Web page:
At Windhoek, we were met by Neil, the proprietor of Safariwise, and the other leader/guide, Jakes, both Afrikaans-origin Namibian nationals. They drove us in two vehicles to the Waterberg Plateau, halfway to Etosha, where we would spend the night. From my leaving home to arrival at our lodge there, it had been some 27 hours.
Here is a map to explain our itinerary.
From Waterberg we were to go onward to central Etosha for two nights, eastern Etosha for another two, and onward to the north-east border of Namibia to stay for one night in a lodge in Kavangoland, on the Okavango River, with Angola on the other bank. We would then move for three nights to a lodge at the western point of the Caprivi Strip. From there we would make a day visit into Botswana (formerly Bechuanaland), after which we would move on further east within the Caprivi strip for a night in a lodge on the banks of the Zambezi River, and then spend two nights in Botswana itself in Chobe National Park. Our last two nights would be spent just over the border in Zambia (formerly Northern Rhodesia) and we would fly back home, via Johannesburg, from Livingstone, near Victoria Falls.
The following, Sunday, morning, we started as we went on most days – getting up very, very early, with a pre-breakfast walk. This makes sense because it is around dawn and dusk that wildlife is most active. Like us, the creatures do not like to move around in the middle of a hot day. (Daytime maxima during the fortnight varied from 33°C to 38°C, night-time minima from 18° to 22°.) We followed a track near to our accommodation, which was considerably higher than the surrounding plain, but still with the plateau looming over us.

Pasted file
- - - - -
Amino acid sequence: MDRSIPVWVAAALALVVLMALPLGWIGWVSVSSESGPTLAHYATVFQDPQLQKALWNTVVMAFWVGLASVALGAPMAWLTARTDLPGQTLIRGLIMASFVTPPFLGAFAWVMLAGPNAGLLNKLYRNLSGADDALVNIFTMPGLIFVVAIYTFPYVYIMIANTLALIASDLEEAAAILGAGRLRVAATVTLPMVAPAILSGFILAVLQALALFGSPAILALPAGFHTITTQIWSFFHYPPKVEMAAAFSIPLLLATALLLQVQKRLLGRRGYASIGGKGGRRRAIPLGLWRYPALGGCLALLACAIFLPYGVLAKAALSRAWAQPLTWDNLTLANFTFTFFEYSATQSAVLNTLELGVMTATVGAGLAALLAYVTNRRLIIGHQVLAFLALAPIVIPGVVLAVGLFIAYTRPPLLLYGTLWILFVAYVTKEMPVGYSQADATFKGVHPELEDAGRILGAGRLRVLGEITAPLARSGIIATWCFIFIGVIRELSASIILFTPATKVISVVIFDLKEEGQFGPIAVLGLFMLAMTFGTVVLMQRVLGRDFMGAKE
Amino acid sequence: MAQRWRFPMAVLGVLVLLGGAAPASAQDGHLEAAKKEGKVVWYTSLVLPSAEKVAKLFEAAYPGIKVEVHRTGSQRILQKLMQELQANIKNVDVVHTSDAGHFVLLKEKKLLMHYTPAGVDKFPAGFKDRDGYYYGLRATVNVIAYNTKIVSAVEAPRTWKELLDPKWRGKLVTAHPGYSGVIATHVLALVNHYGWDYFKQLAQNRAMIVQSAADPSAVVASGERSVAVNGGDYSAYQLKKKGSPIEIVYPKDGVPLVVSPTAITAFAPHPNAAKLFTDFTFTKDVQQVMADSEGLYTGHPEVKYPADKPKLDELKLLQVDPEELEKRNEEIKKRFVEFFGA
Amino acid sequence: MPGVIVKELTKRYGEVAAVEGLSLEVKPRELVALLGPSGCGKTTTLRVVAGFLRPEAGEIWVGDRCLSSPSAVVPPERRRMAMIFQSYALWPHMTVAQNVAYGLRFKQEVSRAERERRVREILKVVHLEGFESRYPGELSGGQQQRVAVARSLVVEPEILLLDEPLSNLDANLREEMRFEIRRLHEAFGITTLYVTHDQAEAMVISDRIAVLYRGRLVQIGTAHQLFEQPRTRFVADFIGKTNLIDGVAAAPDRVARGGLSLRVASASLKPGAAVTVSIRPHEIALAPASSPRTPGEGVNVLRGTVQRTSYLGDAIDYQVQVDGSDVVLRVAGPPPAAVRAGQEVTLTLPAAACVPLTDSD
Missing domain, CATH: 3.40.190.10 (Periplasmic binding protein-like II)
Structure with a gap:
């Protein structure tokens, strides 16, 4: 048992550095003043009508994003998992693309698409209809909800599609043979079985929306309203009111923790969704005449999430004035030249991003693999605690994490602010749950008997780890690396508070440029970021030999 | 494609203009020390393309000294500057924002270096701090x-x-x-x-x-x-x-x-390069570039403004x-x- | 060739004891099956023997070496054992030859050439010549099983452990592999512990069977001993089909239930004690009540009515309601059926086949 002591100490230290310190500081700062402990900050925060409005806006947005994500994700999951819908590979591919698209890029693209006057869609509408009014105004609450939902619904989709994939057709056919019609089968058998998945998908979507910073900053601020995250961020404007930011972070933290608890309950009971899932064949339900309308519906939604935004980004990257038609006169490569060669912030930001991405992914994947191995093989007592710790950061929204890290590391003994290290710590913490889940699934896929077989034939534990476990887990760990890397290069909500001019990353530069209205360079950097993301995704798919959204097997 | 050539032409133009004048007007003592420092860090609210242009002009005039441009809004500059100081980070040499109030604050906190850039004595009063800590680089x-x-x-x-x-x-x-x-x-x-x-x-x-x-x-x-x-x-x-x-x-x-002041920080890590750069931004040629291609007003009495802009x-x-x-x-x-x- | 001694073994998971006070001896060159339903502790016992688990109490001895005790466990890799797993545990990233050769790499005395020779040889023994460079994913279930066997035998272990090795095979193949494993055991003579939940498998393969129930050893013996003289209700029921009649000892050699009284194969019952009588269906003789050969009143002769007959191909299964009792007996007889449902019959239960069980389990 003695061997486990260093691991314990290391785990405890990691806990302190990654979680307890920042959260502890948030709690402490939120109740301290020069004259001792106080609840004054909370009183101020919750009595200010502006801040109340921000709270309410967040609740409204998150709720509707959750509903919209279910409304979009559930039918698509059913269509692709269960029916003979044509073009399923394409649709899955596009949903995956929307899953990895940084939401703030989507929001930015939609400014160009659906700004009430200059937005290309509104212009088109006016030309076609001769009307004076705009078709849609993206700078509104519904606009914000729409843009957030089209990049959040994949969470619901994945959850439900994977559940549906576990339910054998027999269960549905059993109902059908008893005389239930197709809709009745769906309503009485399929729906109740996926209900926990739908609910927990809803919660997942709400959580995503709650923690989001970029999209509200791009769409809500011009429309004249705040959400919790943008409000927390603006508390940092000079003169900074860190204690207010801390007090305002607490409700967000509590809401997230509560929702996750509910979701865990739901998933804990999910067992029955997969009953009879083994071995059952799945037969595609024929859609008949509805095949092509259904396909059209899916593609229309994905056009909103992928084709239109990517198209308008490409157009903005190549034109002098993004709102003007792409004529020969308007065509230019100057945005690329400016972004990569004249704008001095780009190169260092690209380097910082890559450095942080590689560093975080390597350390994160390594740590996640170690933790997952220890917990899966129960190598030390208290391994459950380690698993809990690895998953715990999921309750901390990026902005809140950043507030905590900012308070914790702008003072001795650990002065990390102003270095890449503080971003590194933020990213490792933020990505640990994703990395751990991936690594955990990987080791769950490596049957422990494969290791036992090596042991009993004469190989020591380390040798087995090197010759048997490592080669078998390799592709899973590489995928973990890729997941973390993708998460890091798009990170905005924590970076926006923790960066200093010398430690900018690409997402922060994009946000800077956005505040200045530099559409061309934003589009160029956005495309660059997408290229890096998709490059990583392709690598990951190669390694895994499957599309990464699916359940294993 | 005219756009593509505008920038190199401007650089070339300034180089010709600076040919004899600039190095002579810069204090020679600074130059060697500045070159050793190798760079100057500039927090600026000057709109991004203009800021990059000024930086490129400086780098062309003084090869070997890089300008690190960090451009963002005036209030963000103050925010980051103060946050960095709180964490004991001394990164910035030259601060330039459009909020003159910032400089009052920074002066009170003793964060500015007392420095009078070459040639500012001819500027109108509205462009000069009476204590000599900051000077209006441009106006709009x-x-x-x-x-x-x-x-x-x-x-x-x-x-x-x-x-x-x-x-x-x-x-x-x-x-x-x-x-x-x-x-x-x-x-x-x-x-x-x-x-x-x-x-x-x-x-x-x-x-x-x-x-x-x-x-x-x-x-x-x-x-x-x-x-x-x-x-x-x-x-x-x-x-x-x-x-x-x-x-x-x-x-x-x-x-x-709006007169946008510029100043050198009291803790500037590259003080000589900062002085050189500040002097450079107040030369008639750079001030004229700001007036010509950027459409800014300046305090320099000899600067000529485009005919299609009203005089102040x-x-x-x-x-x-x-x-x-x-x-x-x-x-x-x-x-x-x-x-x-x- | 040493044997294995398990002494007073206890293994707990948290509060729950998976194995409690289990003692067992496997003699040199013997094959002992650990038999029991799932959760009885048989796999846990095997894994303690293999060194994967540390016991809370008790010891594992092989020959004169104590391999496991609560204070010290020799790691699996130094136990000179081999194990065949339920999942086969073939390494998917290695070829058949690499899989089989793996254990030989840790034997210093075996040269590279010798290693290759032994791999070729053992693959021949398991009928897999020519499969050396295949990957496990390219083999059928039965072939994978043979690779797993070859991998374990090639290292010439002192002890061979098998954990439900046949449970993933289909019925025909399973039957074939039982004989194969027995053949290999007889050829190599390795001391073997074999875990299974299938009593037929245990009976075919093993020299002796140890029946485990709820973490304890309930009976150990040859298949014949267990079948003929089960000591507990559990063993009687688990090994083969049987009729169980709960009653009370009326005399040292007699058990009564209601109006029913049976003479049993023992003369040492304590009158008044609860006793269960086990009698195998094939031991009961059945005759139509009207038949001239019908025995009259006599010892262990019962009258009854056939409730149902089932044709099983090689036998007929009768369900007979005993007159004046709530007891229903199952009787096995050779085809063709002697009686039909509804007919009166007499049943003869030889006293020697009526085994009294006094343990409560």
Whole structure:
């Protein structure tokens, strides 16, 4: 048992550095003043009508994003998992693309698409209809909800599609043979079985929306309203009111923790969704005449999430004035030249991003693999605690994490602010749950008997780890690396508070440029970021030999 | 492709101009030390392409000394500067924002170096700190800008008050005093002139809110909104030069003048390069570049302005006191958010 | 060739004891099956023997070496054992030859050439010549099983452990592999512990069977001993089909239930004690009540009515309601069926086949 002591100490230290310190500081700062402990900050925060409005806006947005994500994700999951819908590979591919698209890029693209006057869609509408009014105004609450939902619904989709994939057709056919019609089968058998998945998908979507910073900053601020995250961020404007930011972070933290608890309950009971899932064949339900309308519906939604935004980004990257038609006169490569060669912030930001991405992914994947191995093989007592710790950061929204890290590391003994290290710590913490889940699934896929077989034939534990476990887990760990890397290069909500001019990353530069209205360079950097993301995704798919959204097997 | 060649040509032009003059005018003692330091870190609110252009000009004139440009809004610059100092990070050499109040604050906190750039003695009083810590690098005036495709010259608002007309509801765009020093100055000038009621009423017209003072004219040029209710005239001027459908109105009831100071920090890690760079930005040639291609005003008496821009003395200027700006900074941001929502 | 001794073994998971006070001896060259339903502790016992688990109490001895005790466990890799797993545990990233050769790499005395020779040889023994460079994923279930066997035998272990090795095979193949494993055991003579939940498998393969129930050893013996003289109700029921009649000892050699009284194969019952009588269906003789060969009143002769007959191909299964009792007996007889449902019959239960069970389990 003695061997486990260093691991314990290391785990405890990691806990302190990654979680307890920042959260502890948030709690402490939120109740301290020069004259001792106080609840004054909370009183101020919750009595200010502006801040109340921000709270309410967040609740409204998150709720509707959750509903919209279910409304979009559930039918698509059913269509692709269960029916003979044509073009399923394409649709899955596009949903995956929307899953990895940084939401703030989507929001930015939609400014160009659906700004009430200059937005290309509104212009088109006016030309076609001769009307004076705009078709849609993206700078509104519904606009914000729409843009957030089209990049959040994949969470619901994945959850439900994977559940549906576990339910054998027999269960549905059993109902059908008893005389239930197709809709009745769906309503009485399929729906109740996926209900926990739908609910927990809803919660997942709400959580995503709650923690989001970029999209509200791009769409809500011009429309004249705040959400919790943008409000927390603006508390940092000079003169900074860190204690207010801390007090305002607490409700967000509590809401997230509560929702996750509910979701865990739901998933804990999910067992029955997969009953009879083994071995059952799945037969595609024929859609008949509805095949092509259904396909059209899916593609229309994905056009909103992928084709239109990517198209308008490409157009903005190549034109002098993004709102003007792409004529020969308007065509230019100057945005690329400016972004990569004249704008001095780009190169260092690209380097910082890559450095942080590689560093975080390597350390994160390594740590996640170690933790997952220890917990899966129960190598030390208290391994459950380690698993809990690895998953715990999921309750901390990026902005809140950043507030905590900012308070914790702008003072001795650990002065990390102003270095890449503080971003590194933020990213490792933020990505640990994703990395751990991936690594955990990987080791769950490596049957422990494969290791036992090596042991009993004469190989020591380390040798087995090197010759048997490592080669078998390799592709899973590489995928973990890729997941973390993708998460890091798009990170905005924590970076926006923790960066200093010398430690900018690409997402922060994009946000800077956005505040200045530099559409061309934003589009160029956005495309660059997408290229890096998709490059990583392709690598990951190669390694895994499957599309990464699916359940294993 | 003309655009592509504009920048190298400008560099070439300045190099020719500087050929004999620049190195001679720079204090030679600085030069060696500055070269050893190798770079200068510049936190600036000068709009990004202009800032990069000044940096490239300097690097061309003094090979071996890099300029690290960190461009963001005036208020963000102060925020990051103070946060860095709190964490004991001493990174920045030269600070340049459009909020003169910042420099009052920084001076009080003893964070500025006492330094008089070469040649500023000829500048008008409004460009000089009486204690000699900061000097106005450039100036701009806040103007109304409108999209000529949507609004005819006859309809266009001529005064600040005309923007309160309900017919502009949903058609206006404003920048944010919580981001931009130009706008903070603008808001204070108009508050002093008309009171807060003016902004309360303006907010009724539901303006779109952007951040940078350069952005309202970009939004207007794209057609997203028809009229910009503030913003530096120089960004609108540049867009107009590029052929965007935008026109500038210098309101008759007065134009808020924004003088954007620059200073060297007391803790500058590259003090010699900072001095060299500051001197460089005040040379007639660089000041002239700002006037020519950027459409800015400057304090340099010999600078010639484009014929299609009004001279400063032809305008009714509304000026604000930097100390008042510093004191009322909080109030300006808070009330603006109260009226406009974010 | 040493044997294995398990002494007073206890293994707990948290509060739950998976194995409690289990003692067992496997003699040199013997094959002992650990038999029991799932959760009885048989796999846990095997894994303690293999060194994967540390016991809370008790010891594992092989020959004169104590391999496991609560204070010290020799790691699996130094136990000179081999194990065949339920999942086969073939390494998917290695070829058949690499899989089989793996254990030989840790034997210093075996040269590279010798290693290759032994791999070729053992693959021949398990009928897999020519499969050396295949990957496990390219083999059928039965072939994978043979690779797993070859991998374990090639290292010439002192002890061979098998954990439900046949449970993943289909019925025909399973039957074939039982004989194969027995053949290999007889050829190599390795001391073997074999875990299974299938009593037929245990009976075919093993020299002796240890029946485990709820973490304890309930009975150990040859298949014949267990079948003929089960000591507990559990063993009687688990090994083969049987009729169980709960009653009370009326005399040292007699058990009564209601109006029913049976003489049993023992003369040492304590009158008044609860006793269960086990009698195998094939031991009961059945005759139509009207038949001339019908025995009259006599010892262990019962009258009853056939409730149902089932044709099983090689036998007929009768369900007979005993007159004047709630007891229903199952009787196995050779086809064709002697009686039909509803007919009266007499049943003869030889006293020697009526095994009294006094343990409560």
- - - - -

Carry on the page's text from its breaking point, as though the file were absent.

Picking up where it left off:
The sun was not yet up.
A word on captions. I only started systematically noting the names of the birds I photographed about halfway through the trip, so certainty about the names is not always guaranteed, depending both on whether I was able to check them out after the event, and also on whether I noted them correctly (the latter going for the second half of the trip also). Anyone with better information than I is very welcome to make corrective notes in the comments!
After breakfast we set off for our next destination, Etosha National Park. This is one of the two vehicles we travelled in. Everyone had a window seat, most also having the chance for a better view if they stood when the roof was up.
As we travelled our guides kept their eyes skinned for anything of wildlife interest and stopped for us to look and take photos as appropriate. The rule seemed to be that the longer we were taking to get anywhere, risking our next meal, the more significant the creature had to be for us to stop! I was just amazed at what Neil and Jakes noticed and immediately identified as they drove along.
We diverted to a sewage works – not for the last time in the fortnight! I was the only traveller not principally and passionately interested in (and knowledgeable about) birds, my interest in wildlife, and the countries visited, being more general. And I was to learn that sewage works are fantastic for birdwatching, as they are made up of a series of ponds which attract waders and other birds.
Neil and Jakes also removed some illegal traps set to catch birds at the sewage works.
We had lunch at a safari lodge en route. We did not starve in the 14 days!